I've made a few yummy things during this break that went undocumented. I don't doubt they'll make return visits to my table soon, and I take comfort in the fact that though they didn't make it on the blog, creativity and desire for delicious homecooked meals was not totally lost.

Most bloggers need a break now and then; there are a few who post daily. I've said before I take my hat off to them, it's no small feat. I don't make money on this blog, so I have no requirement there to keep chugging no matter what. There are times when I'm not feeling creative or eating anything new, but I'm decent at finding something interesting to share. There are countless personal reasons why a food blogger may not post.

~I can't speak for most of them, but this is mine~

We've got our own little brioche in the oven, rising and due to emerge in November.
I like to joke that she's a girl (won't confirm for another month or so) because she's already giving me grief- morning sickness (a powerful force!) robbed me of any desire to cook or put much thought into food for a good 6 weeks. I still ate- in fact hungry like crazy- but only what I could stomach at that moment, while feeling nauseous from getting out of bed to returning there at night.

This blog break was mandatory for me; thinking about food was impossible, let alone documenting and writing about it. I'm feeling pretty normal these days- besides my slowly expanding belly- back to thinking about food and enjoying it often. I had, and have, a few odd food and craving experiences, but I'll save those for another day.

~Meanwhile, back to my lovely brioche~

I love this buttery, dessert-like bread on a special occasion, but I'd never made it myself. Be warned, it does take some ahead planning since the dough must be refrigerated overnight. The dough itself is extremely manageable and forgiving of the poking and prodding of shaping.

Fiori di sicilia is a citrus-vanilla extract often used in panettone, the Italian bread made at Christmas with a brioche dough and lots of dried fruit and nuts. The scent pairs with brioche wonderfully so I decided to add a few drops to this dough. You can easily leave this out if you don't like it. If you can't find it, a few drops of a vanilla and a lemon or orange extract could be substituted.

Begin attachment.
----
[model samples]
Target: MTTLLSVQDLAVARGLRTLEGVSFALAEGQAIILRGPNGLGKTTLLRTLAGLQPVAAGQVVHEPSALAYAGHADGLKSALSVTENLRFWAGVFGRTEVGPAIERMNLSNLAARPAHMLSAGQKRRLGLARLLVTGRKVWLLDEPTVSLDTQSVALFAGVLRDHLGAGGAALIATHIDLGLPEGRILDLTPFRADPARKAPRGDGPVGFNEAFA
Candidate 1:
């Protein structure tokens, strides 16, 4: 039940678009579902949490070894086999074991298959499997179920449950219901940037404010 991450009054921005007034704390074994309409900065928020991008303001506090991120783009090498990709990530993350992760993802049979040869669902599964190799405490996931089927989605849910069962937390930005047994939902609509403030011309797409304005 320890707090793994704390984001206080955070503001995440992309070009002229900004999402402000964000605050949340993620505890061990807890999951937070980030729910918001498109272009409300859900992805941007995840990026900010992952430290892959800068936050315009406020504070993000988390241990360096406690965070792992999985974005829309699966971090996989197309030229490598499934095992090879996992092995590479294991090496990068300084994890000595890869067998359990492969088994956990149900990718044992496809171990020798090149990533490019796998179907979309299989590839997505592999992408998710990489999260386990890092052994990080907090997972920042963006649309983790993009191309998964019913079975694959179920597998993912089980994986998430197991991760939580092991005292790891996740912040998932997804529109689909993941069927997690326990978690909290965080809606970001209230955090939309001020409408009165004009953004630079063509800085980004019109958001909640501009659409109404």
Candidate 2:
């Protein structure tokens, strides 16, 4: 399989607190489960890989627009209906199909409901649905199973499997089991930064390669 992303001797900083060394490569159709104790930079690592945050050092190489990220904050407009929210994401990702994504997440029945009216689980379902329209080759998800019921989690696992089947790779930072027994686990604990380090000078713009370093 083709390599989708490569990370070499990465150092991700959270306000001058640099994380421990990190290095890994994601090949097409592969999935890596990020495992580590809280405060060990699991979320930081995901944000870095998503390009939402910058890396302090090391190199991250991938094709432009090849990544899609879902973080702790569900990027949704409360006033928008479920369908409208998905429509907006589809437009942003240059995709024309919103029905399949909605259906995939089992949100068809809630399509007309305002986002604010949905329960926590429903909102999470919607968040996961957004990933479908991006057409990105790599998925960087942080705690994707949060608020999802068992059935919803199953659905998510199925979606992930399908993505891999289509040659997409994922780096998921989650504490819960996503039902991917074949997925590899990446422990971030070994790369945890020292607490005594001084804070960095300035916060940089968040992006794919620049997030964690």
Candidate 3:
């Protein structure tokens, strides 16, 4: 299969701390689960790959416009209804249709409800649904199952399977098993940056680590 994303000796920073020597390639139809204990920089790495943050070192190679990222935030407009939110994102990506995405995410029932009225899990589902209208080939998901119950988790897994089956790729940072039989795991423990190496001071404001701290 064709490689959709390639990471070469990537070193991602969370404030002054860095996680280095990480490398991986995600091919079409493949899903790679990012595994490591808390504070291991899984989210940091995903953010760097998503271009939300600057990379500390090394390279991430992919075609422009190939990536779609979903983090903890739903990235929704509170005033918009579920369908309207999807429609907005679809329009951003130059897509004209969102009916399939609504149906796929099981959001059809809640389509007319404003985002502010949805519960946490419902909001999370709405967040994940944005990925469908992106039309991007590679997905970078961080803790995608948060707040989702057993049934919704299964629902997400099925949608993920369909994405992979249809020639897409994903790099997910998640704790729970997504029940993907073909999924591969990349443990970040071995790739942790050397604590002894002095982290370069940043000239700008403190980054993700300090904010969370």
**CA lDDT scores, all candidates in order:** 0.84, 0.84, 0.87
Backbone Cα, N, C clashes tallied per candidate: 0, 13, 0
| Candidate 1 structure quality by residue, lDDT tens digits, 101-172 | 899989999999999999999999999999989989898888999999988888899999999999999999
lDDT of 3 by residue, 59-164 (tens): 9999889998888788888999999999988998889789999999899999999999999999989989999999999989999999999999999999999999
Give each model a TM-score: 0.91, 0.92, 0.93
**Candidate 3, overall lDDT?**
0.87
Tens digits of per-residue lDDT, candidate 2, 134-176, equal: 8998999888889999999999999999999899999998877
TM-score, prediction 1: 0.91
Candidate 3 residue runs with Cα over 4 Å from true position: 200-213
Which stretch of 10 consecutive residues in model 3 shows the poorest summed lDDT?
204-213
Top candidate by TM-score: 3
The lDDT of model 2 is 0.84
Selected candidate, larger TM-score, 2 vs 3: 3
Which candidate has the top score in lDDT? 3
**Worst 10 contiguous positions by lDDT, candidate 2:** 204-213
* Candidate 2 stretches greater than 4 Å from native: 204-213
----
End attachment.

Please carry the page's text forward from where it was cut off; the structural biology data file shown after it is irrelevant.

Take a slice and spread it with a little strawberry jam. Skip the butter; there is plenty in the dough. Trust me. You are welcome for the suggestion.

Classic Brioche
scented with fiori di sicilia
adapted from King Arthur Flour

2 3/4 cups, plus 2 Tbs all-purpose flour
1/4 cup nonfat dry milk
3 Tbs sugar
1 1/4 tsp salt
1 Tbs instant yeast
3 large eggs
1/4 cup lukewarm water
1/2 tsp fiori di sicilia
10 Tbs cold butter, cut into pieces

Place all ingredients in a bread machine and program for the dough cycle. If you don't have a bread machine, use a stand mixer fitted with dough attachment for 15 to 20 minutes. Do not knead by hand.

Form the dough into a soft ball and place in a large greased bowl. Let rise for 1 hour, then refrigerate overnight.

Divide the chilled dough into six pieces on a floured work surface. Roll three pieces into rope and braid together, tucking the ends underneath. Repeat with the last three pieces and place in a greased baking pan. Two 8 1/2" by 4 1/2" loaf pans are ideal (I didn't have any so I used an 8x8 glass dish which worked nicely). Cover lightly and let rise for 3 hours on the counter until doubled in bulk.

Preheat the oven to 350 degrees Fahrenheit. Bake for 15 minutes, then tent with foil to prevent too much browning. Continue baking for 25 minutes, then remove the foil to finish for another 10, a total of 50 minutes in the oven.

Let cool on a rack for 15 minutes before removing from the pans to cool completely. If you used one 8x8 dish like me, the two loaves will have baked up touching each other, but come apart very easily.